PORTLAND, Maine — It’s too early to start tallying sales from a recent trade mission to Brazil and Chile, but Maine businessmen said they were kept busy and anticipate growing their exports to those markets.
Eleven companies took part in the trade mission led by the Maine International Trade Center. The mission ran Nov. 12-19.
Falmouth-based Southworth International Group President Brian McNamara skipped the part of the trip through Chile, focusing on Brazil. The company makes material-handling equipment used in manufacturing to position products as they’re being made. They also make platforms to hold workers as they construct large items such as jetliners.
Southworth targeted manufacturing companies in Brazil, aided by the MITC’s matchmaking work with local trade experts.
“They were able to open up some doors we weren’t able to get into in the past,” McNamara said. “It’s that little bit of an edge.”
One of those doors was aircraft maker Embraer, McNamara said. He anticipated a quick meeting at Embraer, but was with company officials for almost three hours.
“There’s no guarantees on the follow-up, but we know we’ll have an opportunity to quote them in the future,” he said.
Southworth already does some exporting to Brazil, but that may expand following the mission, McNamara said. The company employs about 200, with just under half in Maine.
“We can’t always export to Brazil, but when the Brazilian economy is strong, when the dollar-real situation is favorable in terms of exchange rates, it opens up opportunities,” he said.
Stephen Hides, CEO of Portland’s Hydro International, said his company has started expanding south of the border and began working in Mexico about a year ago. The company, which makes a variety of storm water and wastewater infrastructure pieces, has done a bit of work in Brazil, but the mission “provided a focal point for us to formalize the effort, really,” Hides said.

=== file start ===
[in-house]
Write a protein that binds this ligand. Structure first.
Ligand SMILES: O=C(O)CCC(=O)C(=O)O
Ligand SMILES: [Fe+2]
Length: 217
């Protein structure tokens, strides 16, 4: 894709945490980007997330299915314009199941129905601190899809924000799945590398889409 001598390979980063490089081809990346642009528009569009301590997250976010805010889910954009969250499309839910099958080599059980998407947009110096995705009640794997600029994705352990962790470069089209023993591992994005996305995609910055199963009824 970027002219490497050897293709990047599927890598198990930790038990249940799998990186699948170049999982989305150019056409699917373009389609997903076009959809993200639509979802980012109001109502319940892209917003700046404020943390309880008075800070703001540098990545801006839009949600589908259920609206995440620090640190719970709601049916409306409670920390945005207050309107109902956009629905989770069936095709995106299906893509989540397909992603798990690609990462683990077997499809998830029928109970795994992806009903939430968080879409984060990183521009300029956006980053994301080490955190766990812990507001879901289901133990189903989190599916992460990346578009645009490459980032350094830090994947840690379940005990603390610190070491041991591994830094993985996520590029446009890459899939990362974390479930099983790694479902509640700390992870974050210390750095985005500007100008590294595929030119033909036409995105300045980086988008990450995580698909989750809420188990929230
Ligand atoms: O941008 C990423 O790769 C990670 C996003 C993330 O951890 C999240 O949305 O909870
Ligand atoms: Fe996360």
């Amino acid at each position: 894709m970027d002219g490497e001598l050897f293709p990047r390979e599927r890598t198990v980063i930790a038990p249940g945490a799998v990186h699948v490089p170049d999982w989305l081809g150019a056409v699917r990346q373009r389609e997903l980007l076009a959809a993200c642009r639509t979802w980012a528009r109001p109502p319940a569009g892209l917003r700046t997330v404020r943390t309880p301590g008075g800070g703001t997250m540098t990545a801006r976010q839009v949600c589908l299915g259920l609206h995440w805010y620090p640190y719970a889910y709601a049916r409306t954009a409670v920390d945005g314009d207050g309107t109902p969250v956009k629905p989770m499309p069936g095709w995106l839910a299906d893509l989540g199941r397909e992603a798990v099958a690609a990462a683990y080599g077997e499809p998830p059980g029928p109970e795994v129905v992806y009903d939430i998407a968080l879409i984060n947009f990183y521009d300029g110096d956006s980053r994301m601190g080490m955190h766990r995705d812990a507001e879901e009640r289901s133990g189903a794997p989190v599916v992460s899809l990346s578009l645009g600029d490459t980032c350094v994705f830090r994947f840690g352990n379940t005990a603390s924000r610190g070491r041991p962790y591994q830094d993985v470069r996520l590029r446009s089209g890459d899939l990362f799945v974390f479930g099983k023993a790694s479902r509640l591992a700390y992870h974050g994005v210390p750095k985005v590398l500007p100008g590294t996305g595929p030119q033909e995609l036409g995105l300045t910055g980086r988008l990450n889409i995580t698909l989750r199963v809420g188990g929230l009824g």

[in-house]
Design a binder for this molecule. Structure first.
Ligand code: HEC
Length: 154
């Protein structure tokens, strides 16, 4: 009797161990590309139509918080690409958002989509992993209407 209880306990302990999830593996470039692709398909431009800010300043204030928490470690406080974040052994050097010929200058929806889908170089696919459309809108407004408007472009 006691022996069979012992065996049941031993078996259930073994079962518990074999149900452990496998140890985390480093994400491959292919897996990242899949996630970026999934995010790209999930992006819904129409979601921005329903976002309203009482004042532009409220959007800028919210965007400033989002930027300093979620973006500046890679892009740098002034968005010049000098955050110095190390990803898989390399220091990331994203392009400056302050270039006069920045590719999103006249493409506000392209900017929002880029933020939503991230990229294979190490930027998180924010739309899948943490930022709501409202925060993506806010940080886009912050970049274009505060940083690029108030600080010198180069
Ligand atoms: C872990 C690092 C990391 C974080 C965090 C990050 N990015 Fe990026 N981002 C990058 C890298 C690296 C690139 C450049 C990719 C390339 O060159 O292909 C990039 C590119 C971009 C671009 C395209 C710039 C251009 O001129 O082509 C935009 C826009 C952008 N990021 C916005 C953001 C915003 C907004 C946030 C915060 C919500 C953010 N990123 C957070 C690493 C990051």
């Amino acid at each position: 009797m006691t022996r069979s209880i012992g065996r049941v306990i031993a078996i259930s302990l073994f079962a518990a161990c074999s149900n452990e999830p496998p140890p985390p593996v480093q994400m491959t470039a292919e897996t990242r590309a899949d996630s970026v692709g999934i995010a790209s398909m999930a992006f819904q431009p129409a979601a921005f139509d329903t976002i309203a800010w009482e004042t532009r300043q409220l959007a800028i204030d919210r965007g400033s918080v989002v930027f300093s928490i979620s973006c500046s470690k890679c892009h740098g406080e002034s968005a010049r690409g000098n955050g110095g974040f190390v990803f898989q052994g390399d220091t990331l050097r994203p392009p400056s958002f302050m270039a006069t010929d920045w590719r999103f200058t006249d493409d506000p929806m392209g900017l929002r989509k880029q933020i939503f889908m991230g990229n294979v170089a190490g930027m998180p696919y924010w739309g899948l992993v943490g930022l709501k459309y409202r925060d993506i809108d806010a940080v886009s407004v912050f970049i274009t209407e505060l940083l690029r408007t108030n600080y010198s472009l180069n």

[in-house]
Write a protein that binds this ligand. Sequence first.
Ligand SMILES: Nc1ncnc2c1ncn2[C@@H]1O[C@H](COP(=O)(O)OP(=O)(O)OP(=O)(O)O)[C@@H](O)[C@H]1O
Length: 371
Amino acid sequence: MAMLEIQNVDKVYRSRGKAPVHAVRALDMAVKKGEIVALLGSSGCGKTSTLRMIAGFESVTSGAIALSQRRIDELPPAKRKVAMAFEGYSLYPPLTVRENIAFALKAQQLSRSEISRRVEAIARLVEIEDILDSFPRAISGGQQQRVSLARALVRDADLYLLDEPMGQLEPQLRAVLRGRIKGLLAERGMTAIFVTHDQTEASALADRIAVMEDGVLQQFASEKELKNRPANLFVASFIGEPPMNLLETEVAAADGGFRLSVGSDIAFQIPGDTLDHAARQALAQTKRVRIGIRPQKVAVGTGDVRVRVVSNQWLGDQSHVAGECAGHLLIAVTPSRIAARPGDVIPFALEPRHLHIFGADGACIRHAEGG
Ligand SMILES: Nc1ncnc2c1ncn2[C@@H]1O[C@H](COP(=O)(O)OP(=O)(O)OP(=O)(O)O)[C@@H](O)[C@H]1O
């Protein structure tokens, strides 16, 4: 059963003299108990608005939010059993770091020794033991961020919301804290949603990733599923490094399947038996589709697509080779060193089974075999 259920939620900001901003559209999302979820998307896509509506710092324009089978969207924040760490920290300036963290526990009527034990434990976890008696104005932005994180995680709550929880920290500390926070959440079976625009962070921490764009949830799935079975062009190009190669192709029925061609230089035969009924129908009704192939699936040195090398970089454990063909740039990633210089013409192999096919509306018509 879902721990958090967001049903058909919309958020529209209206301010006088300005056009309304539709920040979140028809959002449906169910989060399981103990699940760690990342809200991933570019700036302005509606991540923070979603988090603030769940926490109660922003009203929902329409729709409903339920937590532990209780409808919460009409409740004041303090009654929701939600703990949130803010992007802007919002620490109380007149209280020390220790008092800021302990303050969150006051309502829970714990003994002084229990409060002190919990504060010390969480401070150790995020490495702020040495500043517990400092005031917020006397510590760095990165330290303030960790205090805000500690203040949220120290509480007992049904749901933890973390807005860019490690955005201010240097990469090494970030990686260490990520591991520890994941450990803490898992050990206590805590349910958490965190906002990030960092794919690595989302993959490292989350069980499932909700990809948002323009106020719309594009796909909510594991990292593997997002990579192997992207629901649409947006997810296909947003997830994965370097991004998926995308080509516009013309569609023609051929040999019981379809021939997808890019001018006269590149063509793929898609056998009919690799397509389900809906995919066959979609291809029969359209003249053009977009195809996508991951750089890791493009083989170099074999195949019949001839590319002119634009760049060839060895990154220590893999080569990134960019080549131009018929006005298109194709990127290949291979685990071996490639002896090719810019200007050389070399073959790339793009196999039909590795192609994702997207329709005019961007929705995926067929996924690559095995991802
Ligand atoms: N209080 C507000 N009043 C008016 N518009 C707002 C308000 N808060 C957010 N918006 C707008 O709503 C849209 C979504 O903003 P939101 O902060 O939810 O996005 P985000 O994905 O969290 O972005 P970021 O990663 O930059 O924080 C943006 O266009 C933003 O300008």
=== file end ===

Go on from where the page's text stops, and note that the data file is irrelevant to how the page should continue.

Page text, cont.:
“It’s such a booming economy down there, fueled by the thirst for raw materials coming out of China and the like,” he said.
The interest exists in both Chile and Brazil to develop environmental standards based on what the United States has done, Hides said. The trip allowed him to start talking with officials there and share ideas for tackling some of the problems the countries are facing. Sales in the environmental sector take a while, with results possibly coming in a year or a year and a half, he noted.
“You start sowing these seeds basically,” Hides said.
Janine Bisaillon-Cary, MITC president, said there were 105 matchmaking meetings for the companies, a large number for 11 firms. Brazil can be a challenging market to export to, she said, in terms of customs laws, duties and certain certificate requirements. But all of the companies on the mission were experienced exporters looking to expand their international markets, she said.
Bill Putnam, executive vice president at Yale Cordage in Saco, said he went on the trip because both Chile and Brazil presented opportunities for his company. Yale Cordage makes a wide variety of ropes for industrial, commercial, recreational and other markets. It employs 70 people in Saco.
The Chilean market presented opportunities in the mining sector as well as in aquaculture, he said. Brazil had areas to focus on including off-shore oil rig production and services.
The opportunity to break into a new geographic market with aid from MITC was invaluable, Putnam said, particularly with the organization’s advance work, translation help and overall scheduling.
And the reason for looking at South America is pretty basic, Putnam said.
“It is a global economy — we sell products around the world, and our competitors sell products around the world. To them, it’s exporting to the United States,” Putnam said. “We need to be competitive worldwide.”